Now that Kasten has promised to beef up player scouting and development, one of his first moves should be to assign someone to find the Next Vin Scully (to the extent that one can replace a living icon). If the Dodgers are going to become the crown jewel of baseball again, that luster has to extend to every corner of the organization, including the broadcast booth. Most people experience Dodger games through radio or TV broadcasts. The voice that we welcome into our cars, our living rooms, our ear-buds is our portal to the team, a mirror of the franchise itself.
The search for a successor will take time. But time will allow for this appointed person to scour broadcasts on the Internet, even comb the country the way old-time scouts used to. I don’t think he should poach from another major league team, where this play-by-play man will already be entrenched. And please, no more personalities from ESPN, or former big-league jocks. Vin himself was signed straight out of Fordham University at 22 years of age.
I would direct this sleuth of the airwaves to immerse himself in minor league broadcasts, from rookie ball to Triple-A. He should listen to broadcasts from other sports, like college basketball and football, even high-profile high school wrestling tournaments. He should sample thousands of audition tapes, put out casting calls to bi-coastal and local voiceover agencies, blanket all sports media for that one singular, timeless voice that stands out above the rest and you could imagine calling Dodger games for the next 40 to 50 years. A Vin for future generations, someone whom younger fans can claim as their own and grow old with.
As part of a generation that got hooked on Vin, I also got hooked on the Dodgers. And that ultimately is what should speak the loudest to Magic’s group: Finding a young wunderkind broadcaster as Vin’s successor just makes good economic sense. Hook one young fan in with a voice (while also not disenfranchising older fans), and you’ve hooked a Dodger fan for life, one who will spend ridiculous sums of money to express his fandom.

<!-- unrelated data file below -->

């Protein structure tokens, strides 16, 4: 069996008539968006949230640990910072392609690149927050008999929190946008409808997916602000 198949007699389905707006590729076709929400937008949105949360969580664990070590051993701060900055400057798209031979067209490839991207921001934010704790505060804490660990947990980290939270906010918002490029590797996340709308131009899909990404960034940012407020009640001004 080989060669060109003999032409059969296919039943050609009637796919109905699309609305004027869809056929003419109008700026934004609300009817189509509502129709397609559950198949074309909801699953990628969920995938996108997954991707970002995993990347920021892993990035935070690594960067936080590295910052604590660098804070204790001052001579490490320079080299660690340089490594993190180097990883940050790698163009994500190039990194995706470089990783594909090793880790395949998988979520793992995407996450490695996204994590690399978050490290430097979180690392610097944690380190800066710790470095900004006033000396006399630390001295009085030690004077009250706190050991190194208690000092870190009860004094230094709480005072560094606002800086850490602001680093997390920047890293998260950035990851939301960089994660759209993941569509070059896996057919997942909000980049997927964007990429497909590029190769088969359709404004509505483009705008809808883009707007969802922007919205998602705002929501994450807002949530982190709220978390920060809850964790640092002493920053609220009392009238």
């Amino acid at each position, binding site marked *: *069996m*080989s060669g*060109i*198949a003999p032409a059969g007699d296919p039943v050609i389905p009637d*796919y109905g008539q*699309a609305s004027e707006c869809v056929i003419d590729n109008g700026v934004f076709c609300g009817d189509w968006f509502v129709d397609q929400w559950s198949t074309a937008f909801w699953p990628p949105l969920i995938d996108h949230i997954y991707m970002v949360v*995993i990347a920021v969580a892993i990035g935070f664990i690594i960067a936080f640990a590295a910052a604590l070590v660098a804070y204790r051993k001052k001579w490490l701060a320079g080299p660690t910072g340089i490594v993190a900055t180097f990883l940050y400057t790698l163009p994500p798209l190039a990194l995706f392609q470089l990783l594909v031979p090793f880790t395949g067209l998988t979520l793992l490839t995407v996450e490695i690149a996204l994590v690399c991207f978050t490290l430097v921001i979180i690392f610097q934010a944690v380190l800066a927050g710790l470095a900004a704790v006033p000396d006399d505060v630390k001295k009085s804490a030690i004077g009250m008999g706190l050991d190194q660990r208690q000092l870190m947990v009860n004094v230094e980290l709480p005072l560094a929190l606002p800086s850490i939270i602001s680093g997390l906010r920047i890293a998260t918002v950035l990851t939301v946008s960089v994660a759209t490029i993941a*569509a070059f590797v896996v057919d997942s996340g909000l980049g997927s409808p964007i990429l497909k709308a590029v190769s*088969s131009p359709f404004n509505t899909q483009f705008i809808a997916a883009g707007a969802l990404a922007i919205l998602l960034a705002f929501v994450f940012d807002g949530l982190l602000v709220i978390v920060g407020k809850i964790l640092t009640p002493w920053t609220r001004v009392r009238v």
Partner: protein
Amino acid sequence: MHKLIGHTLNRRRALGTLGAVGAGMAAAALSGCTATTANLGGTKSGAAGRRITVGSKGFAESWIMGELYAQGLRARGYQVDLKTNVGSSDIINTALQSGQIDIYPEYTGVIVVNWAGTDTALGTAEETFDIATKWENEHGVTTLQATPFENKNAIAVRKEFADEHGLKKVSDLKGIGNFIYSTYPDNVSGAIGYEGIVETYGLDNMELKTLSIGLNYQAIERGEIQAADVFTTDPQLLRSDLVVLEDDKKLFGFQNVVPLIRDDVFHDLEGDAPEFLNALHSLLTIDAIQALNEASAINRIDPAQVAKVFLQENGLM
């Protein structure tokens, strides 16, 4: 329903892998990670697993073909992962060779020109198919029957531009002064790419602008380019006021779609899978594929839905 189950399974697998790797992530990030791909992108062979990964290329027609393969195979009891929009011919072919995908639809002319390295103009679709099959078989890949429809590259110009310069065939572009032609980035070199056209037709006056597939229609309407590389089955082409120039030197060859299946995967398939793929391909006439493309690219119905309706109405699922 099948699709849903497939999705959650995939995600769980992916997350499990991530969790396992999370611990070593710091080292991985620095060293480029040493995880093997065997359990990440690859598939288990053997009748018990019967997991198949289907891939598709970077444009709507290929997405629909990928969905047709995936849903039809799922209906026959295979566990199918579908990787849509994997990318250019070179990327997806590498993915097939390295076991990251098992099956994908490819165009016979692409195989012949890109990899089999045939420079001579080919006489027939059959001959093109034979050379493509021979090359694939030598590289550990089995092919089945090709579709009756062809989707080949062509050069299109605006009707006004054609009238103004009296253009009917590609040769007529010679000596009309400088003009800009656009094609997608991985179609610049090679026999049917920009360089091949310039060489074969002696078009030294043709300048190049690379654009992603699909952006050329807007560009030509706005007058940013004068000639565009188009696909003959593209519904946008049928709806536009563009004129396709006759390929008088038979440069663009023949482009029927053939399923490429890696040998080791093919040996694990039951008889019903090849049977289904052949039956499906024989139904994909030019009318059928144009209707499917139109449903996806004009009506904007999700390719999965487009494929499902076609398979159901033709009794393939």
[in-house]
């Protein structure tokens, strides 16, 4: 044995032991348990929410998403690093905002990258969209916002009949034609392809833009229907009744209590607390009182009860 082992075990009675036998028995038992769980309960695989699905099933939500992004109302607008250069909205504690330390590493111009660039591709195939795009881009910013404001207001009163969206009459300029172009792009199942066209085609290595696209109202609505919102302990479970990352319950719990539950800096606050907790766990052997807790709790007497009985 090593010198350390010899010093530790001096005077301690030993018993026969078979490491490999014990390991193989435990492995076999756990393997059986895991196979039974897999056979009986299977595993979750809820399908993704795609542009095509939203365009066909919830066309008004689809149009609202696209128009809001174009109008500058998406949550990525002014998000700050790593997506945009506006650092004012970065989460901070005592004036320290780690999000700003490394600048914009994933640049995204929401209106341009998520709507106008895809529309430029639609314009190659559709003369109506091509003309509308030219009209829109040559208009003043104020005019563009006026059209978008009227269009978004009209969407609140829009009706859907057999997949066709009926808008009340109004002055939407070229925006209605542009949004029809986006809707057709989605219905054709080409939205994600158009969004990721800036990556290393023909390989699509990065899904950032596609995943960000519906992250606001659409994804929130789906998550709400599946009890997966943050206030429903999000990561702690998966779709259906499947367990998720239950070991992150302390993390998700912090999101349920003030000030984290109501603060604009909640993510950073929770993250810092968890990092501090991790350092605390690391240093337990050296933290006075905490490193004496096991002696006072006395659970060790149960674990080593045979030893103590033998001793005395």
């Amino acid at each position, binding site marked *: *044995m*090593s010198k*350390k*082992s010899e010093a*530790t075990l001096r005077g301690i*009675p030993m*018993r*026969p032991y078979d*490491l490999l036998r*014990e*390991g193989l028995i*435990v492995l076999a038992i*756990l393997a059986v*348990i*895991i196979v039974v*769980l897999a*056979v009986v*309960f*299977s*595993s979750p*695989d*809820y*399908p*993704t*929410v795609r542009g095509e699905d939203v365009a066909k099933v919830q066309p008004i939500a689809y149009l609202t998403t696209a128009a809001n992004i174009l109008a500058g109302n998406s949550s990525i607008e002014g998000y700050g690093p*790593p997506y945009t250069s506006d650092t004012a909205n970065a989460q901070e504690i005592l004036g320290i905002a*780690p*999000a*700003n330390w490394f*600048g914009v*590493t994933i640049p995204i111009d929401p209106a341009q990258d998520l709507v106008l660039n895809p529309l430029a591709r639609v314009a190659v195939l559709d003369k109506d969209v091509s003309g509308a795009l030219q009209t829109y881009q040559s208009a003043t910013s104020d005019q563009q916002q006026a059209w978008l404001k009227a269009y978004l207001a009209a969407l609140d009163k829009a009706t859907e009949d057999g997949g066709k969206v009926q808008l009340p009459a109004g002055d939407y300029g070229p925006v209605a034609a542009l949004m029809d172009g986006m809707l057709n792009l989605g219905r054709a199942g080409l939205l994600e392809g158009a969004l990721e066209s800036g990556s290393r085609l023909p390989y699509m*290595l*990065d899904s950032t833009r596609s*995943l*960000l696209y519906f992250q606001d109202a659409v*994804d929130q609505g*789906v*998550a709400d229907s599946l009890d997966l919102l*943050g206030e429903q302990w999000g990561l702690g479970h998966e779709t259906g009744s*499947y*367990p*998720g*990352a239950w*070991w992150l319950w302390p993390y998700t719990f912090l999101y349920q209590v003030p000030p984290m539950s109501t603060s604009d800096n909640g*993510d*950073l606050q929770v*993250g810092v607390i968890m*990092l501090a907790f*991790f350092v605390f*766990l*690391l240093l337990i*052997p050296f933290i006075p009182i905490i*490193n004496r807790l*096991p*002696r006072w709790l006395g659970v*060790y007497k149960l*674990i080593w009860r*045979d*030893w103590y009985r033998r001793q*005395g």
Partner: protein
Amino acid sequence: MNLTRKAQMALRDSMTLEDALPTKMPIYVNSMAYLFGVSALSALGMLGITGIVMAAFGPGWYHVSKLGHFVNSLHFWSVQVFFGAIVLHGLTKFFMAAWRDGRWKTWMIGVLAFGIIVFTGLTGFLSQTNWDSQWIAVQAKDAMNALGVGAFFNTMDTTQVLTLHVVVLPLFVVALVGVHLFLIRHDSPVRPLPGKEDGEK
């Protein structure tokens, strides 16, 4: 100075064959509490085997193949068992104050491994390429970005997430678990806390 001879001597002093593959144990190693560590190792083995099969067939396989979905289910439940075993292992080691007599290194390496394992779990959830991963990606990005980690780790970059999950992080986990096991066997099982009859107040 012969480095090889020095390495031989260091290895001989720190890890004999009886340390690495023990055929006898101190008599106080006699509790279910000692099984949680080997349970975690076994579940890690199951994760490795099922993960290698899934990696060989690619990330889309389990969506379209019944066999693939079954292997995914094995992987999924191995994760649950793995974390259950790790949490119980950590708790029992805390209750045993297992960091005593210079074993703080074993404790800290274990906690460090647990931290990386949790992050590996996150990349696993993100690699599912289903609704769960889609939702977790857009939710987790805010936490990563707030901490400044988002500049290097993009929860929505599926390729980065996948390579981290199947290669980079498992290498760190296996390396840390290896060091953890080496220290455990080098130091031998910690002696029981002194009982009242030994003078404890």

A word of warning: After spending two billion dollars to purchase the team, the new owners will feel pressure to find a “known quantity” to eventually fill Vin’s shoes. But for a fraction of that person’s salary, they could find the perfect unknown who could rise to prominence the way Vin did. (It would be even better if they found him while Vin was still announcing, so he could learn from the master, the way Vin did with Red Barber.) It’s an unenviable -- some would say impossible -- task for Magic and company. But it has to start on the day they inherit the keys to the kingdom. It will be one of the best investments in the team’s future that they could ever make.
Paul Haddad’s book High Fives, Pennant Drives, and Fernandomania: A Fan’s History of the Los Angeles Dodgers’ Glory Years, 1977-1981 (Santa Monica Press) is available now in Los Angeles-area bookstores and online booksellers.
Paul will be in Echo Park April 4 to read from the book at at 7:30 p.m.